Symptoms of Brain Aneurysms
Ruptured Cerebral Aneurysm Symptoms
Sometimes patients describing "the worst headache in my life" are actually experiencing one of the symptoms of brain aneurysms related to having a rupture. Other ruptured cerebral aneurysm symptoms include:
* Nausea and vomiting
* Stiff neck or neck pain
* Blurred vision or double vision
* Pain above and behind the eye
* Dilated pupils
* Sensitivity to light
* Loss of sensation
Unruptured Cerebral Aneurysm Symptoms
Before an aneurysm ruptures, patients often experience no symptoms of brain aneurysms. In about 40 percent of cases, people with unruptured aneurysms will experience some or all of the following cerebral aneurysm symptoms:
* Peripheral vision deficits
* Thinking or processing problems
* Speech complications
* Perceptual problems
* Sudden changes in behavior
* Loss of balance and coordination
* Decreased concentration
* Short-term memory difficulty
Because the symptoms of brain aneurysms can also be associated with other medical conditions, diagnostic neuroradiology is regularly used to identify both ruptured and unruptured brain aneurysms.
Diagnosis of Brain Aneurysms
Diagnosis of a ruptured cerebral aneurysm is commonly made by finding signs of subarachnoid hemorrhage on a CT scan (Computerized Tomography, sometimes called a CAT scan). The CT scan is a computerized test that rapidly X-rays the body in cross-sections, or slices, as the body is moved through a large, circular machine. If the CT scan is negative but a ruptured aneurysm is still suspected, a lumbar puncture is performed to detect blood in the cerebrospinal fluid (CSF) that surrounds the brain and spinal cord.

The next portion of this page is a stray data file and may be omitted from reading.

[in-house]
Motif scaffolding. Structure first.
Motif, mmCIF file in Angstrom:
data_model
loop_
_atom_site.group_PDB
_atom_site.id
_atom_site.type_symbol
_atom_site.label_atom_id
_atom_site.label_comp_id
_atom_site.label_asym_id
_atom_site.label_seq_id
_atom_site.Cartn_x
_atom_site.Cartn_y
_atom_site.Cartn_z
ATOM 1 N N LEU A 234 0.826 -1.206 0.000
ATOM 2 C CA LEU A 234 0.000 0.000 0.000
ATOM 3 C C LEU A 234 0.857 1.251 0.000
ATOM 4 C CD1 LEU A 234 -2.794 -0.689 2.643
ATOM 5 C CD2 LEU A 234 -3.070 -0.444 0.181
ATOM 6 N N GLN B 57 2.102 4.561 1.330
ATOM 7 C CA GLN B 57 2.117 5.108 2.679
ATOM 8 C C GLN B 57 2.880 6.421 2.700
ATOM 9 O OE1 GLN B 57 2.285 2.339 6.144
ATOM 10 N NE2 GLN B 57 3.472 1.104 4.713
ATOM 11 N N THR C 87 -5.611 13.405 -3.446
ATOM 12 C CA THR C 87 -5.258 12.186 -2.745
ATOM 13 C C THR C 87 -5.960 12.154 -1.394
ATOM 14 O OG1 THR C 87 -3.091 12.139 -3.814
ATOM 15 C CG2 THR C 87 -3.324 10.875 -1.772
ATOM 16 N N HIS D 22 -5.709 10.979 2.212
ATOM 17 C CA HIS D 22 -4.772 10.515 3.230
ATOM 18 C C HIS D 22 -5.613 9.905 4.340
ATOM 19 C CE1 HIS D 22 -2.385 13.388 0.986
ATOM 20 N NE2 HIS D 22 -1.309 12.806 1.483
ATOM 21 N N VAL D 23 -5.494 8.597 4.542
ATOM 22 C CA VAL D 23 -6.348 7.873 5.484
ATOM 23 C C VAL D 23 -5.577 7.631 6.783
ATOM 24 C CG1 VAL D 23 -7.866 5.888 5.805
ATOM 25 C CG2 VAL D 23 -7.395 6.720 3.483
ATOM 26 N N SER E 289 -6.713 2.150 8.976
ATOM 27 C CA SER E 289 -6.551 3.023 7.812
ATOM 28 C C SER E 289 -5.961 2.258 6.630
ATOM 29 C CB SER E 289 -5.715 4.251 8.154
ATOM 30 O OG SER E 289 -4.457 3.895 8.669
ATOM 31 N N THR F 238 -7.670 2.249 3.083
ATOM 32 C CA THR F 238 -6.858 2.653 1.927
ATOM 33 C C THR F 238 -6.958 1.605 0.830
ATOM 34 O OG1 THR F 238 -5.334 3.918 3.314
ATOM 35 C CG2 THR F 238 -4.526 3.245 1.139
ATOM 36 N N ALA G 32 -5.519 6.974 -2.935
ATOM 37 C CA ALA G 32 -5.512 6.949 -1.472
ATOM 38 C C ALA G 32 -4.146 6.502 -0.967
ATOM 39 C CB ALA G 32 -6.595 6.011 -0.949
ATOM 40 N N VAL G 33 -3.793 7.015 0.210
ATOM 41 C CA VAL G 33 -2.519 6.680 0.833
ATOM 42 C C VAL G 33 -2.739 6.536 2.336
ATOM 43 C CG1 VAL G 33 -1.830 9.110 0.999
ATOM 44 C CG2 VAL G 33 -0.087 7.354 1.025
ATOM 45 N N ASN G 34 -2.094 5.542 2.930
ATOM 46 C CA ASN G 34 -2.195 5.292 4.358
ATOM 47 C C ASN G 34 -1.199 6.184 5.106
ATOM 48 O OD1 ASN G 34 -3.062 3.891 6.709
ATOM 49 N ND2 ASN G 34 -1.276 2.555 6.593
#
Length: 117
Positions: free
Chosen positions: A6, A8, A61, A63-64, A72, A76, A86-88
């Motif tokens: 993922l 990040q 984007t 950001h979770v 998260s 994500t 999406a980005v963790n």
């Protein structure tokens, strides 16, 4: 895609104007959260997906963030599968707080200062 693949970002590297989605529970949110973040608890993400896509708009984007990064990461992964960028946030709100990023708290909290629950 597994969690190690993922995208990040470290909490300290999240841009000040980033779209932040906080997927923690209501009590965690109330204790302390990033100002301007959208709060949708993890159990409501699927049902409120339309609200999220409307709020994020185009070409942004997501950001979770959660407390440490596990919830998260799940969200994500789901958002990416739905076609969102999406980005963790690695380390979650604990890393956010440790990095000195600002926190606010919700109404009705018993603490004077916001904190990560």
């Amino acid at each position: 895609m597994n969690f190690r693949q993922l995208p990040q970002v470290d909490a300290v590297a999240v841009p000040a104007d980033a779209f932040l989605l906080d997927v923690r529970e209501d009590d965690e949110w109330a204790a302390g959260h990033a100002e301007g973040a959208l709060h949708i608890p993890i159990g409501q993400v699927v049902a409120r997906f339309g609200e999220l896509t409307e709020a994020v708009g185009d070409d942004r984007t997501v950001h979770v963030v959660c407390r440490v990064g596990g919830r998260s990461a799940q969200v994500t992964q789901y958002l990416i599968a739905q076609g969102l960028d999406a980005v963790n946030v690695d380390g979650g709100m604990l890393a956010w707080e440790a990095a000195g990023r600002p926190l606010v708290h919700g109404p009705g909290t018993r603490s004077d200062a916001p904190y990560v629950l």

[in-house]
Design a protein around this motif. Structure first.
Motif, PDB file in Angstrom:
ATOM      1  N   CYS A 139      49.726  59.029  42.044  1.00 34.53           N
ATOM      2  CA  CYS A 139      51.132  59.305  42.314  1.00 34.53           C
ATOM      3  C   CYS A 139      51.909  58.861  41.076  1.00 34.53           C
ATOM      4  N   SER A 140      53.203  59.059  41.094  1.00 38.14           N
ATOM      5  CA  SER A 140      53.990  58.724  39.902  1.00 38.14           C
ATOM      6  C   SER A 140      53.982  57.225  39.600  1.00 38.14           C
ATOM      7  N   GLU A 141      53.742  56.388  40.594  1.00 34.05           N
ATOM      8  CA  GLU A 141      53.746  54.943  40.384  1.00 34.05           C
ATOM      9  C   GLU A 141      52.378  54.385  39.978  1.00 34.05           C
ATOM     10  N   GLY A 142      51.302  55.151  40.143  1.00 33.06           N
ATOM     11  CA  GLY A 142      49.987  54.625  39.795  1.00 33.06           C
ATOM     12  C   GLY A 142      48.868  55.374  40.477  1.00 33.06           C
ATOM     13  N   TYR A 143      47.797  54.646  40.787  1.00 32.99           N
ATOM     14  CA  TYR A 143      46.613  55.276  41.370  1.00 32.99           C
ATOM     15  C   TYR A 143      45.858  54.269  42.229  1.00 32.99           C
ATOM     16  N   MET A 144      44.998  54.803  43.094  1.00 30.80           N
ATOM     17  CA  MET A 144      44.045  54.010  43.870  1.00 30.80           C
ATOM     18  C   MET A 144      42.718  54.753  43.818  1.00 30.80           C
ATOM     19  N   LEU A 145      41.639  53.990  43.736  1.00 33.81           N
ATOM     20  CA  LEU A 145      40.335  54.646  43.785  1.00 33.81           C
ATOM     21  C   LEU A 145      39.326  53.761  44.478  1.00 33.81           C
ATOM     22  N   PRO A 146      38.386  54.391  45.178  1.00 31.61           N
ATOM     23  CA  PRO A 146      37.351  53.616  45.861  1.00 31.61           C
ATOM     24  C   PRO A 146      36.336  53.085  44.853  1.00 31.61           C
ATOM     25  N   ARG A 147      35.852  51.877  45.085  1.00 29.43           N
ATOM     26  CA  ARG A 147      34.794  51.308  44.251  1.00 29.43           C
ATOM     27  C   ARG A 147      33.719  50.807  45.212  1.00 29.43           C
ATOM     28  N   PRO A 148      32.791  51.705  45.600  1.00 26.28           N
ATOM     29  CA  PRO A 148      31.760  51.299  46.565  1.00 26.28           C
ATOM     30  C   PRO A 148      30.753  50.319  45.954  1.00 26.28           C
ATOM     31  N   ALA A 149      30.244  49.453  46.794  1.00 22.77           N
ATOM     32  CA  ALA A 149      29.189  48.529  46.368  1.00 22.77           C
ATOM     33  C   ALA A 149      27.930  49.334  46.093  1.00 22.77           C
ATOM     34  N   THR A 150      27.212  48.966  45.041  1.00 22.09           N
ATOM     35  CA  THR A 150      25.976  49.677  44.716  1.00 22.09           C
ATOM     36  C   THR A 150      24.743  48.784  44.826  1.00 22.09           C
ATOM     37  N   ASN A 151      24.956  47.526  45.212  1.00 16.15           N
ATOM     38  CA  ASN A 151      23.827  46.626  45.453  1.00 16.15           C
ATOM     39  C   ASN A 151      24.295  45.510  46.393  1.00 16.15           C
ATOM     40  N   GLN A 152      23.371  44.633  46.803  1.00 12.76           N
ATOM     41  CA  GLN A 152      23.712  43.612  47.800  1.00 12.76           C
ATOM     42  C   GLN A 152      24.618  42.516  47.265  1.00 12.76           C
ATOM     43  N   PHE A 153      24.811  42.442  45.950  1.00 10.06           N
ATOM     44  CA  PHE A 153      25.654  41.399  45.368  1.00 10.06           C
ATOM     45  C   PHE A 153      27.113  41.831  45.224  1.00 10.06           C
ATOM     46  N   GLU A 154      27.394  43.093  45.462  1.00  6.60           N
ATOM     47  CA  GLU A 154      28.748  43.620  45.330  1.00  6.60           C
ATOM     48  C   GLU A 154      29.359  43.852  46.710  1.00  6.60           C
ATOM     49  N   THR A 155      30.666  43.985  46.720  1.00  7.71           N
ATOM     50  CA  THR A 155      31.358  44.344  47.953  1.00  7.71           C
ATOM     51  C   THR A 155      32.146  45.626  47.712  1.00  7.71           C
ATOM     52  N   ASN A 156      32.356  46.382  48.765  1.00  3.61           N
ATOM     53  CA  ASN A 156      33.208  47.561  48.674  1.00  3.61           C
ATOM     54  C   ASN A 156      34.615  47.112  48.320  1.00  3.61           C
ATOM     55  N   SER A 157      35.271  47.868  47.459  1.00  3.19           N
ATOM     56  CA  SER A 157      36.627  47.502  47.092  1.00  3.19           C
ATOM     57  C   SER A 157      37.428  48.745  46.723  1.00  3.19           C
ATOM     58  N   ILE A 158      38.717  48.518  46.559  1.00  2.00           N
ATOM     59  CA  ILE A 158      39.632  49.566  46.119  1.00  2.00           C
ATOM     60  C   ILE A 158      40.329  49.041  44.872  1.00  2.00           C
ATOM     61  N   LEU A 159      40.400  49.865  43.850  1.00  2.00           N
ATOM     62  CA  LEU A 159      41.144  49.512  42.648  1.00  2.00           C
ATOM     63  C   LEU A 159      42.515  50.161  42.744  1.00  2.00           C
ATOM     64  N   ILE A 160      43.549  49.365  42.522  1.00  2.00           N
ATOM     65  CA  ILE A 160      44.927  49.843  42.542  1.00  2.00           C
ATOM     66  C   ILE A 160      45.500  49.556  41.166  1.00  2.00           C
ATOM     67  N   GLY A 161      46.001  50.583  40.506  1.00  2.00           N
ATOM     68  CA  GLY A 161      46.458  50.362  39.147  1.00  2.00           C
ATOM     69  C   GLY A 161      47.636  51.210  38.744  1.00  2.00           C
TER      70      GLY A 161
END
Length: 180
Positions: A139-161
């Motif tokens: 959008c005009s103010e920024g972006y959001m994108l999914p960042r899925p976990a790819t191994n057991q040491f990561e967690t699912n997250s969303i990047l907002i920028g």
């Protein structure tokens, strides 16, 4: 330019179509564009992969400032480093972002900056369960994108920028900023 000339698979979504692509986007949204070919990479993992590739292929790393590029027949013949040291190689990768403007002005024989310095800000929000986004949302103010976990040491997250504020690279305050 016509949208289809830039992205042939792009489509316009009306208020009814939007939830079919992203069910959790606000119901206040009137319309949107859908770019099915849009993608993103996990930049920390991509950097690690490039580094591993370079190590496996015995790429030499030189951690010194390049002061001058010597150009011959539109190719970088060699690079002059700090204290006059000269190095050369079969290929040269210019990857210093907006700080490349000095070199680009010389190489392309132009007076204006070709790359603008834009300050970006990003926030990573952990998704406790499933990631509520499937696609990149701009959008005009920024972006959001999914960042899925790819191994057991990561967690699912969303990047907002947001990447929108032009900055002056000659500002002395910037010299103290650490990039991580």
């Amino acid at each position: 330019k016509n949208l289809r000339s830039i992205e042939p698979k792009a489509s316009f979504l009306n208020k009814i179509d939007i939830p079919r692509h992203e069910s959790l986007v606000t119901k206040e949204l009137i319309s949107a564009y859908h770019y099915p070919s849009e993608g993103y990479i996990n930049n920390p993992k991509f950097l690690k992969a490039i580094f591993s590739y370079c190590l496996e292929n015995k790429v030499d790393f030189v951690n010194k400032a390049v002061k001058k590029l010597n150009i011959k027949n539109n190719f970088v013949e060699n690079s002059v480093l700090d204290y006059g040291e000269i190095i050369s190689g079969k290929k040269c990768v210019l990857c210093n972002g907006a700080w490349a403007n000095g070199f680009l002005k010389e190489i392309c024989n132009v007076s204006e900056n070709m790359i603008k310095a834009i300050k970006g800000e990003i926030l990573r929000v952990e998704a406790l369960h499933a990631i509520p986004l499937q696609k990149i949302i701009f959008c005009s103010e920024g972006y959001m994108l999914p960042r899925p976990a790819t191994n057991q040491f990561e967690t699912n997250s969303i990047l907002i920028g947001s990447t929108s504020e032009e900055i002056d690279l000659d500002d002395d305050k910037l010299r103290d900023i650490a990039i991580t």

To determine the exact location, size and shape of an aneurysm (ruptured or unruptured), neuroradiologists will use either cerebral angiography or tomographic angiography.
Cerebral angiography, the traditional method, involves introducing a catheter (small plastic tube) into an artery (usually in the leg) and steering it through the blood vessels of the body to the artery involved by the aneurysm. A special dye, called a contract agent, is injected into the patient's artery and its distribution is shown on X-ray projections. This method may not detect some aneurysms due to overlapping structures or spasm.
Computed Tomographic Angiography (CTA) is an alternative to the traditional method and can be performed without the need for arterial catheterization. This test combines a regular CT scan with a contrast dye injected into a vein. Once the dye is injected into a vein, it travels to the brain arteries, and images are created using a CT scan. These images show exactly how blood flows into the brain arteries.